Likewise, I dispute any interpretation of Heathcliff as a "tortured hero", even a "byronic anti-hero", as Wikipedia describes him . He is the villian of the story, pure and simple. As a child and teenager, certainly, he seems a fundamentally good if deeply troubled person, and it's easy to sympathize with him and his poor treatment by Hindley Earnshaw, and to understand his desire for vengeance. By the time he has reached adulthood, and especially once Cathy dies, Heathcliff has become a complete psychopath. He shows shreds of humanity here and there, even a few signs of remorse for his increasingly horrible actions, but he is still, unambiguously, the bad guy of this story, one who takes out his grudges against Hindley and Edgar Linton (the former grudge is completely justified, the latter less so - Edgar seems like a altogether decent guy who made the mistake of marrying Heathcliff's woman) on a succession of entirely innocent individuals, including the daughter of the woman he loved and his own son! Early on in the book, I rooted for Heathcliff and wanted to see him get one over arrogant snobs like Hindley. By the halfway point, I pitied poor, mad Hindley and his truly unlucky son Hareton, and had grown to loathe Heathcliff. By the end, I just wanted to see Nelly violently murder the awful sociopath.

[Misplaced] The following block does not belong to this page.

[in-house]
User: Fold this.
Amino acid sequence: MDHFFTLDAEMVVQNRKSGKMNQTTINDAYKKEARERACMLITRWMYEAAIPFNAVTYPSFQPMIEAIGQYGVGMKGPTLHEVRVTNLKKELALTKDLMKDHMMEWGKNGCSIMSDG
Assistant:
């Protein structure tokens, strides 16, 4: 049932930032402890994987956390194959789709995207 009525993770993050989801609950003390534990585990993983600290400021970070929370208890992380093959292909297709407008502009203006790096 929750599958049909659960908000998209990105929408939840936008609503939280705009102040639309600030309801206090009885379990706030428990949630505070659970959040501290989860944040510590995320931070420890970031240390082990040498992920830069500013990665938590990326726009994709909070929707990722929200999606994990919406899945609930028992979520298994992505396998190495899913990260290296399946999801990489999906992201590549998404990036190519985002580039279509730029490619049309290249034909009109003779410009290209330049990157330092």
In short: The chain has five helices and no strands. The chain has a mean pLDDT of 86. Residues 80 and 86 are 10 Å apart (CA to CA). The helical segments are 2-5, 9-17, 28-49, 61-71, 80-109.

For a book written over 150 years ago, 'Wuthering Heights' is surprisingly readable tome, the one exception being the incomprehensible babbling of the servant Joseph, whose impenetrable accent (written phonetically, like a blind-drunk Hagrid with a speech impediment) I initially attempted to decipher, and soon learnt to just skip entirely. Otherwise, this a compelling, often heart-breaking piece of 19th century fiction that is still powerful so many decades later. And while this is generally a depressing and tragic story, it ends on a lighter and happier note which is genuinely affecting after so much suffering.